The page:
By Dr. Ines Hanrahan and Mackenzie Perrault, Washington Tree Fruit Research Commission (WTFRC)

In 2012, we started a survey to determine the availability and quality of Honeycrisp apples in local Yakima grocery stores throughout the year. We wanted to find out how long Honeycrisp would be on the retail shelfs, but more importantly if the eating quality would be adequate? At the start of this project, visits were done once a year.  Eight supermarkets were visited in early springtime of 2012 to evaluate supply, external quality, and eating quality. Only six stores actually offered Honeycrisp apples from the 2011 harvest that late into the storage season.  As supply of Honeycrisp increased, we adjusted the frequency of visits as well as the observation focus points. Surveys have continued through 2016.

Taste of fruit:

One of the main aspects of this survey was to determine the eating quality of Honeycrisp apples stored late. In WTFRC funded Honeycrisp storage experiments, we had noticed an increase in flavor variation, the longer fruit remained in storage. It is well established that repeat purchases of apples decrease if consumers had an unsatisfactory eating experience.  To determine the flavor profile, we cut fruit and a minimum of two tasters ate a piece. Tasters recorded flavor values on a scale of 1-3 (3=variety specific Honeycrisp flavor/good flavor, 2=bland flavor, 1=off flavor). The graph below shows the percentage of fruit tasted with good flavor in March. Over the observation period from 2012-2016 we have recorded variable amounts of good flavored fruit sold in local stores (range: 0-43 %). In general, fruit with good flavor is rare in spring. This is important considering that optimum repeat purchases would be achieved if most people would have great tasting fruit available for purchase all the time (aka 80-100% of fruit purchased with good flavor).

Figure 1: Ratings of good flavored fruit (8 stores total) for Honeycrisp purchased in Yakima area supermarkets between May 2012 - 2016.
Figure 1: Ratings of good flavored fruit (8 stores total) for Honeycrisp purchased in Yakima area supermarkets between May 2012 – 2016.

*The years shown resemble the prior year’s harvest season (Ex: 2012 fruit are from 2011 harvest season).

We combined the ratings for bland flavor and apple flavor to develop an “acceptable” flavor rating to more closely mimic what consumers may find acceptable (or at least not off putting).  Figure 2 shows an increase in acceptable flavor in March within the past four storage seasons (42-85%).

acceptable flavor march
Figure 2: Ratings of acceptable flavored fruit (8 stores total) for Honeycrisp purchased in Yakima area supermarkets between May 2012 – 2016.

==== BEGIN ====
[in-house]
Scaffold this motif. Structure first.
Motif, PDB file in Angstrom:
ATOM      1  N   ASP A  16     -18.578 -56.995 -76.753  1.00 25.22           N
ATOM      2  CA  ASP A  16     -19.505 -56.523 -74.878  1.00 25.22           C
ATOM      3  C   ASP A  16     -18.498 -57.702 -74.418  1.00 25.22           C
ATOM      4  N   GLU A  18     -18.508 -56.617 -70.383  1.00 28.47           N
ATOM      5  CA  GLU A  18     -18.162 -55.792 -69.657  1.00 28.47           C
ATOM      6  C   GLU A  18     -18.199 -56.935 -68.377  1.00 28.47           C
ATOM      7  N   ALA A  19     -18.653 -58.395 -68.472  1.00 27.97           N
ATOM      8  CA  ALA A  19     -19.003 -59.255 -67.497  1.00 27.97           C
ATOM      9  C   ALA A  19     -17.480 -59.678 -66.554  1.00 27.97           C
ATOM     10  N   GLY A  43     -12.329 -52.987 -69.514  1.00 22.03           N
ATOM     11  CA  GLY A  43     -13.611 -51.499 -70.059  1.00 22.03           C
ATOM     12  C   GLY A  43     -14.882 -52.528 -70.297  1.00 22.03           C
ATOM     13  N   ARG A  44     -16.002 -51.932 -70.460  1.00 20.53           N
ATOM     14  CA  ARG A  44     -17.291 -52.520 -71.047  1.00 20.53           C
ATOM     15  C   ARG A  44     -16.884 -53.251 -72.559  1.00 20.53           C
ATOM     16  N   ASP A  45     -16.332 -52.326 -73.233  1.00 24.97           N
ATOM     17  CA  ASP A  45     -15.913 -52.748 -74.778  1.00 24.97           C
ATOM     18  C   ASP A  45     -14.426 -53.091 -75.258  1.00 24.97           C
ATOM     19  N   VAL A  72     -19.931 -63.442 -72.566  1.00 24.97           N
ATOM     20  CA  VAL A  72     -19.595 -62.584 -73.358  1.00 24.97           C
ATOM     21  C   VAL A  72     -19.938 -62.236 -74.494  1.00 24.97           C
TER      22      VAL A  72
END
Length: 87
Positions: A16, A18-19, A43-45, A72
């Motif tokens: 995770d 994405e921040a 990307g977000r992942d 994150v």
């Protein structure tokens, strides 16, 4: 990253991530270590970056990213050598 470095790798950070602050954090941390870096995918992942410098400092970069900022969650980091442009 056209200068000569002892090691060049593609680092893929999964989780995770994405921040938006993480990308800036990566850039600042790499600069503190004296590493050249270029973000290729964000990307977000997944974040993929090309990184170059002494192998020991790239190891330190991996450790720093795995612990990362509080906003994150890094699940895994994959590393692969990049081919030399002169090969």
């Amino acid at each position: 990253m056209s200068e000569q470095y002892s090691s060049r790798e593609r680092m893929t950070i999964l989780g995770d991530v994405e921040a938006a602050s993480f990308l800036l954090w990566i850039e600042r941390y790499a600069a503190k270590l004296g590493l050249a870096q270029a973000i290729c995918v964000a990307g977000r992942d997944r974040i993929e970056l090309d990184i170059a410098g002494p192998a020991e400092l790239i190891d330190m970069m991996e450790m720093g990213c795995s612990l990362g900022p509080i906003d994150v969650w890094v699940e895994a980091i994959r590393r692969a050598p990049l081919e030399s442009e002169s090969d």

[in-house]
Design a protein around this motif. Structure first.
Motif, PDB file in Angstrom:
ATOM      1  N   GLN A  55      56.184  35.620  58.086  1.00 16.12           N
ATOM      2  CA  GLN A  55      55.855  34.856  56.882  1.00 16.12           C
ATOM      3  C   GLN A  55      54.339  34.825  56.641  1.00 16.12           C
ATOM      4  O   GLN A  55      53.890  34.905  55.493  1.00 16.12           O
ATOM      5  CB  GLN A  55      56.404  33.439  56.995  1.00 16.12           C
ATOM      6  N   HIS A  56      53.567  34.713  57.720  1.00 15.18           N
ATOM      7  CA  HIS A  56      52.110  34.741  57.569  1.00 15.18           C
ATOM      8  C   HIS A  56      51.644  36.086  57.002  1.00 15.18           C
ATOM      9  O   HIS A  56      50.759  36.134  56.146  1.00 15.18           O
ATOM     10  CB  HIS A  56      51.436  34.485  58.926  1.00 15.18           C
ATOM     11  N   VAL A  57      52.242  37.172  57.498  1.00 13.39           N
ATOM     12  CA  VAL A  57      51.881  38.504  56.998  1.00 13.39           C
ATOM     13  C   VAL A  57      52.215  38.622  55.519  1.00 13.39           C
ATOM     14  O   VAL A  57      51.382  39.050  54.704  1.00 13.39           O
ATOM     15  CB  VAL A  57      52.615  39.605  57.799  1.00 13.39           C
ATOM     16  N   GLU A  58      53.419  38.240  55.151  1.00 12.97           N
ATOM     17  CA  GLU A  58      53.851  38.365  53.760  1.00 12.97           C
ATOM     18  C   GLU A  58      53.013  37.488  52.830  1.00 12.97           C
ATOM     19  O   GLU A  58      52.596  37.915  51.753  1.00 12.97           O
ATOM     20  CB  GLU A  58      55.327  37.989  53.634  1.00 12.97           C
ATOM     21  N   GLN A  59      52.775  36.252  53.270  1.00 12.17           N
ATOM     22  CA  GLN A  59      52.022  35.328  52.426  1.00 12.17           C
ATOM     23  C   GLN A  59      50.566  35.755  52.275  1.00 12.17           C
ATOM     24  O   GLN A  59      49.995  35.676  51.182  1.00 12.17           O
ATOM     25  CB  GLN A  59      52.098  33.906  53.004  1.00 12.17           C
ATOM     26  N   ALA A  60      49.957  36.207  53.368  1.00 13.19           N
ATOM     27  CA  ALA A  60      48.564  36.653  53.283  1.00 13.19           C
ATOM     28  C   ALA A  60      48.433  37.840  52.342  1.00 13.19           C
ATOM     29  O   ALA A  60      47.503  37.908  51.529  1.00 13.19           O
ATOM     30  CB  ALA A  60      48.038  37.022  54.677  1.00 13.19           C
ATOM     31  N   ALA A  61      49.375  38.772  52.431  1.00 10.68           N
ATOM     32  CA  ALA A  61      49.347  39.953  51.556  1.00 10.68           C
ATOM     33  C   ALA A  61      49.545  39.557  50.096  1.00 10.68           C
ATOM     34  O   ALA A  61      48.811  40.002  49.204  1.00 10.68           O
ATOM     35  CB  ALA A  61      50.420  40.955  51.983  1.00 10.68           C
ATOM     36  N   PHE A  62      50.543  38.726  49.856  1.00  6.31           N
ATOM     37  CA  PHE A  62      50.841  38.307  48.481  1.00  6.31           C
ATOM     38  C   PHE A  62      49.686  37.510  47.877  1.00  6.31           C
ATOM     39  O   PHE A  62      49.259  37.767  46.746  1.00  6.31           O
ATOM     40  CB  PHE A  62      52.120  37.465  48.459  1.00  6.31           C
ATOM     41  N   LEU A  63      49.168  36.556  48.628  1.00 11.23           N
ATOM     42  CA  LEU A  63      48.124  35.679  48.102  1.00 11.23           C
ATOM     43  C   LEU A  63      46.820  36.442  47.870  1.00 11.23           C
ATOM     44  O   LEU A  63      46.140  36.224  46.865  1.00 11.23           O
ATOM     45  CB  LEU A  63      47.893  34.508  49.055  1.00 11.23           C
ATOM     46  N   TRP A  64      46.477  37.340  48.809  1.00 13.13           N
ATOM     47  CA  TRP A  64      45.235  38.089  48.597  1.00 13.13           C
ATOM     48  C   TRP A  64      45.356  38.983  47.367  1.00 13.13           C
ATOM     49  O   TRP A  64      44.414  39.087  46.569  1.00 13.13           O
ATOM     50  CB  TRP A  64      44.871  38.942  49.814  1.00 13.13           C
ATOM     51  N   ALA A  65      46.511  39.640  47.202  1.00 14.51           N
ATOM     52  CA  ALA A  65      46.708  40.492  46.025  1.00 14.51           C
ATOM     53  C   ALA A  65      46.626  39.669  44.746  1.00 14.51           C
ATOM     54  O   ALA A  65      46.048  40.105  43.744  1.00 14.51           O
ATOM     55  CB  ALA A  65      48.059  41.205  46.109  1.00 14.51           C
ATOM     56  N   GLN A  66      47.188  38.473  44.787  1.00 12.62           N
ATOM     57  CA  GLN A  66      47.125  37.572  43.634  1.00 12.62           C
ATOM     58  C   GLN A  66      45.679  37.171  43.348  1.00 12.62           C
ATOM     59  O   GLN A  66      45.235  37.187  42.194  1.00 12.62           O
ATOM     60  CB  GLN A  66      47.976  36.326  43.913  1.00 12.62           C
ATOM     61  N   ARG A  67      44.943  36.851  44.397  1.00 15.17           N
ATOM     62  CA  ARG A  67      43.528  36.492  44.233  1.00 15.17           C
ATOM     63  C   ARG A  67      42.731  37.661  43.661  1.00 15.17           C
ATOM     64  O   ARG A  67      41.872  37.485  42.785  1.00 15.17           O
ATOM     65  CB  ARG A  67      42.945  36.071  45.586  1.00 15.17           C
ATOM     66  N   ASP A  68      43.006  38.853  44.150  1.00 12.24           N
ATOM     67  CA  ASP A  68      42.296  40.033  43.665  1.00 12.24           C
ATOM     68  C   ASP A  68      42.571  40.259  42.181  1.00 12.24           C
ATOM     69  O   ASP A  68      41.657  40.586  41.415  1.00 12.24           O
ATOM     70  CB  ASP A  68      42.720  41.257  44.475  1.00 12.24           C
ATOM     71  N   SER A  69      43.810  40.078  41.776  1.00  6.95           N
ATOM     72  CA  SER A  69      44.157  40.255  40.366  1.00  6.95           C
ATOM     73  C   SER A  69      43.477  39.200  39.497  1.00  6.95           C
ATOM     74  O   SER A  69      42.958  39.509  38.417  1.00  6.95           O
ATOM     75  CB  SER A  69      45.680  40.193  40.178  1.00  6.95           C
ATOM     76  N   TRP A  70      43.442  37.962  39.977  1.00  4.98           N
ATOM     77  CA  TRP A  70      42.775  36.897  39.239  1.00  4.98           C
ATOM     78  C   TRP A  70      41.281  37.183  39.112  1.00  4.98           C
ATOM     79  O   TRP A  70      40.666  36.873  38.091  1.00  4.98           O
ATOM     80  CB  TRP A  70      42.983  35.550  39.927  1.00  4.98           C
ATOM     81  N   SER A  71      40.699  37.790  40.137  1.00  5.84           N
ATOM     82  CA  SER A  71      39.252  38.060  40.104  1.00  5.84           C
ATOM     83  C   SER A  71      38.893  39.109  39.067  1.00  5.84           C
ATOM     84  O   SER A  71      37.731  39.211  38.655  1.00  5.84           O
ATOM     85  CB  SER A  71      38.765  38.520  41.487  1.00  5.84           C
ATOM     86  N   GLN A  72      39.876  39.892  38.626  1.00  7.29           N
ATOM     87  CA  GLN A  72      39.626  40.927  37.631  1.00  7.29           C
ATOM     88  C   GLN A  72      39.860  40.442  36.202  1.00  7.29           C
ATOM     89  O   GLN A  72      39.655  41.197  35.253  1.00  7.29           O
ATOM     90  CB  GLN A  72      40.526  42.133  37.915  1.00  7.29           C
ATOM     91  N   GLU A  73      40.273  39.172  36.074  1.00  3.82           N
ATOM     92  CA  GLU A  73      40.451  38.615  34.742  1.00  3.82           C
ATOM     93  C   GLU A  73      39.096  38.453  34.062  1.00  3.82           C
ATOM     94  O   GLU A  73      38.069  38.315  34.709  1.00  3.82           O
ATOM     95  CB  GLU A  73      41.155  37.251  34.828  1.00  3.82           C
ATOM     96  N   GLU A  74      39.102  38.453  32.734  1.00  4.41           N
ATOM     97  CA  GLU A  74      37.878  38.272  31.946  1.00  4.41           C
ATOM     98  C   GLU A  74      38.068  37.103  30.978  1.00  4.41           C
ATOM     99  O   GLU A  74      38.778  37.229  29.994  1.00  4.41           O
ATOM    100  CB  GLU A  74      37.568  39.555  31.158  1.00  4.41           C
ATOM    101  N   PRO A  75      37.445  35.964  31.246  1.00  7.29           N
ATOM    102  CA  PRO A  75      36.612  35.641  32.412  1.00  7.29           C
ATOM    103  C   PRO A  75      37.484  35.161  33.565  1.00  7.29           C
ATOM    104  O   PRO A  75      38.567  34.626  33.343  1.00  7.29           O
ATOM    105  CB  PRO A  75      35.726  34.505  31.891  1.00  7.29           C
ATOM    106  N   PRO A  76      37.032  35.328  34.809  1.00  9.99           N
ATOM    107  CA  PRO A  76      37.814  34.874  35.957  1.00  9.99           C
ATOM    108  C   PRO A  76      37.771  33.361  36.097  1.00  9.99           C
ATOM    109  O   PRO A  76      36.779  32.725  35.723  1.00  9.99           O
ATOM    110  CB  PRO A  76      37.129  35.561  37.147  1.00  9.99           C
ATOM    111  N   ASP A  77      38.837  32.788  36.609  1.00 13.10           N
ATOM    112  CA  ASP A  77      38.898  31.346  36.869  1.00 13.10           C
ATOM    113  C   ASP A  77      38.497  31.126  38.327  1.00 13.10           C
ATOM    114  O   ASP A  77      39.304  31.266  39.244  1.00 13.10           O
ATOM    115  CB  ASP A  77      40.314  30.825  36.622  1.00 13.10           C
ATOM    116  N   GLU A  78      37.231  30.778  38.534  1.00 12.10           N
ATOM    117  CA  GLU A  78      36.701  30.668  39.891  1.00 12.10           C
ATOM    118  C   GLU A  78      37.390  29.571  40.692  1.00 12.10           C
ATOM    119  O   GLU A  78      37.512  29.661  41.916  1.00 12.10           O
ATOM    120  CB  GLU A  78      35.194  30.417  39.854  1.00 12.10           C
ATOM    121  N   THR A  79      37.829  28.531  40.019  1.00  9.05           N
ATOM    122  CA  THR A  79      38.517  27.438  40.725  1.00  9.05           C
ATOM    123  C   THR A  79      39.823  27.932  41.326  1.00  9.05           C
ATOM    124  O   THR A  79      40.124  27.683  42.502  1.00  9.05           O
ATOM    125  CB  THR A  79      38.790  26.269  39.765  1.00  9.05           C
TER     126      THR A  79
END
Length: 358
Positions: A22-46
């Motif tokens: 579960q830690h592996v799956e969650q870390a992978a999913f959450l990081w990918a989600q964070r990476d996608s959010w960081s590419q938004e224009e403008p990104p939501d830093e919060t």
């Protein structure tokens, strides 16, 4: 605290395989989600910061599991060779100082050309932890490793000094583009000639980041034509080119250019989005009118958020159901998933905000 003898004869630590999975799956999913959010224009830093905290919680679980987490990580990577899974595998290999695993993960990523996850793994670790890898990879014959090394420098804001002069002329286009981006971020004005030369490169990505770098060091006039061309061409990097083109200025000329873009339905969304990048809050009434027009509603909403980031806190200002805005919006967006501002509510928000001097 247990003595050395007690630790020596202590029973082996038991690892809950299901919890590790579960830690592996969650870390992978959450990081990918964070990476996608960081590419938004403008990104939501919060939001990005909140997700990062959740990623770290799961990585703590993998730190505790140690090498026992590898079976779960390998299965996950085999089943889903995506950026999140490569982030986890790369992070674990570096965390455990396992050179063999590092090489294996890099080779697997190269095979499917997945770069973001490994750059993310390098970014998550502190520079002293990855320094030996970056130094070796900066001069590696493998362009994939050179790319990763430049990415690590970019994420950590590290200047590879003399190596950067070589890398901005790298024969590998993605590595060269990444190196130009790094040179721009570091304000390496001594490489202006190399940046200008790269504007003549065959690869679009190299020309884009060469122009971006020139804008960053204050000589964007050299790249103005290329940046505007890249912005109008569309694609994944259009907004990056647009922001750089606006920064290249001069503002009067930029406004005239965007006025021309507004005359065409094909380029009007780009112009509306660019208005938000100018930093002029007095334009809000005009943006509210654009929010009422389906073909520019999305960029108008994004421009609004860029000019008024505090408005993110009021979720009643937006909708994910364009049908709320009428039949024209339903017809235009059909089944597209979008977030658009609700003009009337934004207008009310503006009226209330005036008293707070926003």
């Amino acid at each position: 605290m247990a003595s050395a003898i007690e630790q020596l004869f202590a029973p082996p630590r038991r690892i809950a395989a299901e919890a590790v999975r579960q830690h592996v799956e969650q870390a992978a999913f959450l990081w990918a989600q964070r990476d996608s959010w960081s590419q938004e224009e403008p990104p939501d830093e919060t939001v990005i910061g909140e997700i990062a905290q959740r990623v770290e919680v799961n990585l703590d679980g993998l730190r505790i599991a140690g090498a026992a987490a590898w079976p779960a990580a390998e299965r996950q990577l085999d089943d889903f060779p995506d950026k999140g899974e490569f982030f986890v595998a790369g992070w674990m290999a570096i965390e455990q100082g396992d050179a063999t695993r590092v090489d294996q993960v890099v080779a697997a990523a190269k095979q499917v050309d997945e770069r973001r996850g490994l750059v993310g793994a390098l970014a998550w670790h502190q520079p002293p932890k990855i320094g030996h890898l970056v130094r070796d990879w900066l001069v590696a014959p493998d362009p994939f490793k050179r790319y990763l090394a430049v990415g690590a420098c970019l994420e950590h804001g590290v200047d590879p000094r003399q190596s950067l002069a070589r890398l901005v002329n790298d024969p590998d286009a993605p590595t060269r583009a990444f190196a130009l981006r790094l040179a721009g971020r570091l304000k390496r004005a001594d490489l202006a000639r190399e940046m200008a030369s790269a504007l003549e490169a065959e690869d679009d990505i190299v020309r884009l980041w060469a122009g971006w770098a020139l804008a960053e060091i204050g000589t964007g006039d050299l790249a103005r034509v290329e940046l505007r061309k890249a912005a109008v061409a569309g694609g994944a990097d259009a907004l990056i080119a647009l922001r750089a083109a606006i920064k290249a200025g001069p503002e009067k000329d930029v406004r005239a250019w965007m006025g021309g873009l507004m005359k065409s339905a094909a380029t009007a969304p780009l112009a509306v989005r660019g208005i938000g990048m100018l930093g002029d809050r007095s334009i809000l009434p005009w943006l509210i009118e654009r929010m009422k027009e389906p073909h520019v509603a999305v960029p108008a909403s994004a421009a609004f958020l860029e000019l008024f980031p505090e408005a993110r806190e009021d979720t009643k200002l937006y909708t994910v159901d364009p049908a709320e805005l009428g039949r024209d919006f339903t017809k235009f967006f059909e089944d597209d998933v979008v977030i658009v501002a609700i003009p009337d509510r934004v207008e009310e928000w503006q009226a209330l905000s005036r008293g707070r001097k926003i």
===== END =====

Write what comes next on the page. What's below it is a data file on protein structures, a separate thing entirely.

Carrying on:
*The years shown resemble the prior year’s harvest season (Ex: 2012 fruit are from 2011 harvest season).

Most Honeycrisp purchased for the survey had a nice visual appearance, but flavor profiles varied immensely. In Figure 3, you will see that these three different apples have very similar appearances.  However, they are not similar in all aspects.  In fact, they vary in taste from one end of the scale to the other. This shows that Honeycrisp apples might be externally appealing to the consumer but the eating experience could have a negative effect on their choices to continue to purchase this apple.

Figure 3: External and internal comparison of Honeycrisp apples with various ratings for taste.
Figure 3: External and internal comparison of Honeycrisp apples with various ratings for taste.

Fruit availability:

As shown in Figure 4, the availability of Honeycrisp apples differed from year- to-year and month-to-month.  Initially this variety was thought to not store beyond Christmas. As early as 2012, some stores carried fruit until March, and by 2016 fruit was available year-round in local stores (Figure 4).

As we continued our survey, we adjusted the amount and focus of visits in order to catch pertinent information.  For example, we wanted to know when exactly the available fruit started to come from foreign suppliers instead of local ones. In early June of 2015, there were Honeycrisp apples available to local consumers from Chile.  The majority of fruit were still straight out of our local supply except for the summer months. At least one store carried Chilean Honeycrisp apples that year. In 2016, we observed fruit from Chile in Yakima based grocery stores at the beginning of August in at least one store.

Figure 4: Percentage of Honeycrisp available (8 stores total) for purchase in Yakima area supermarkets within 2012 - 2016.
Figure 4: Percentage of Honeycrisp available (8 stores total) for purchase in Yakima area supermarkets within 2012 – 2016.

*The years shown resemble the prior year’s harvest season (Ex: 2012 fruit are from 2011 harvest season).

Figure 5: Range of off flavor to good flavor through the season, compared year to year.
Figure 5: Range of off flavor to good flavor through the season, compared year to year.

*The years shown resemble the prior year’s harvest season (Ex: 2012 fruit are from 2011 harvest season).

Summary:

In summary, Honeycrisp are now available year-round in local stores. Consistently good eating quality in the second part of the storage season (February – August) remains of concern (see Figure 5). If consumers are having inconsistent eating experiences from good to off flavor, repeat sales could be impacted negatively. It appears that this issue has remained a constant struggle over the past five storage seasons.

Contact:

Ines HanrahanInes Hanrahan

hanrahan@treefruitresearch.com

 

 

 

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